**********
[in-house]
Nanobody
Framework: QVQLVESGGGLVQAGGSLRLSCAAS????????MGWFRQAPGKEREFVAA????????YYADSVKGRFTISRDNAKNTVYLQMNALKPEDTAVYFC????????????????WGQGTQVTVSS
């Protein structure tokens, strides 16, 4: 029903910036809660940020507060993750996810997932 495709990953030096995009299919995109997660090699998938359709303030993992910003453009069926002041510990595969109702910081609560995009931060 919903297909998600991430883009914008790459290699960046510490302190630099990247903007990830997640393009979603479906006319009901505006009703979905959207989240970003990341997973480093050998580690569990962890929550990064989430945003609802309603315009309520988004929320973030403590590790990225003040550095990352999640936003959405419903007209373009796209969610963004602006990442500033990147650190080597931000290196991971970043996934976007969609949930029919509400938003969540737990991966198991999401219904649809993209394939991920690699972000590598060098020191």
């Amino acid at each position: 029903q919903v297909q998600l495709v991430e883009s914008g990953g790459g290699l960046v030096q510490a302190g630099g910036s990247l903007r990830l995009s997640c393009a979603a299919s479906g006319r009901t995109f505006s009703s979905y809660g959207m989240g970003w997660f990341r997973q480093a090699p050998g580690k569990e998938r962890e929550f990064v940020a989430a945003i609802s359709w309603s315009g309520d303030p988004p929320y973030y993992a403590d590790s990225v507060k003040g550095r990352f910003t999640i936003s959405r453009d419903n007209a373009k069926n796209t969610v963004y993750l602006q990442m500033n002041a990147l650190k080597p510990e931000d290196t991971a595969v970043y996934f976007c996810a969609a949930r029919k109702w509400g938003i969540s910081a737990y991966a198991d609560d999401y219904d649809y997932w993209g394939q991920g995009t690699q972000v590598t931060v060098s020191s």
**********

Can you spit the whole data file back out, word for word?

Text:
[in-house]
Nanobody
Framework: QVQLVESGGGLVQAGGSLRLSCAAS????????MGWFRQAPGKEREFVAA????????YYADSVKGRFTISRDNAKNTVYLQMNALKPEDTAVYFC????????????????WGQGTQVTVSS
């Protein structure tokens, strides 16, 4: 029903910036809660940020507060993750996810997932 495709990953030096995009299919995109997660090699998938359709303030993992910003453009069926002041510990595969109702910081609560995009931060 919903297909998600991430883009914008790459290699960046510490302190630099990247903007990830997640393009979603479906006319009901505006009703979905959207989240970003990341997973480093050998580690569990962890929550990064989430945003609802309603315009309520988004929320973030403590590790990225003040550095990352999640936003959405419903007209373009796209969610963004602006990442500033990147650190080597931000290196991971970043996934976007969609949930029919509400938003969540737990991966198991999401219904649809993209394939991920690699972000590598060098020191």
């Amino acid at each position: 029903q919903v297909q998600l495709v991430e883009s914008g990953g790459g290699l960046v030096q510490a302190g630099g910036s990247l903007r990830l995009s997640c393009a979603a299919s479906g006319r009901t995109f505006s009703s979905y809660g959207m989240g970003w997660f990341r997973q480093a090699p050998g580690k569990e998938r962890e929550f990064v940020a989430a945003i609802s359709w309603s315009g309520d303030p988004p929320y973030y993992a403590d590790s990225v507060k003040g550095r990352f910003t999640i936003s959405r453009d419903n007209a373009k069926n796209t969610v963004y993750l602006q990442m500033n002041a990147l650190k080597p510990e931000d290196t991971a595969v970043y996934f976007c996810a969609a949930r029919k109702w509400g938003i969540s910081a737990y991966a198991d609560d999401y219904d649809y997932w993209g394939q991920g995009t690699q972000v590598t931060v060098s020191s």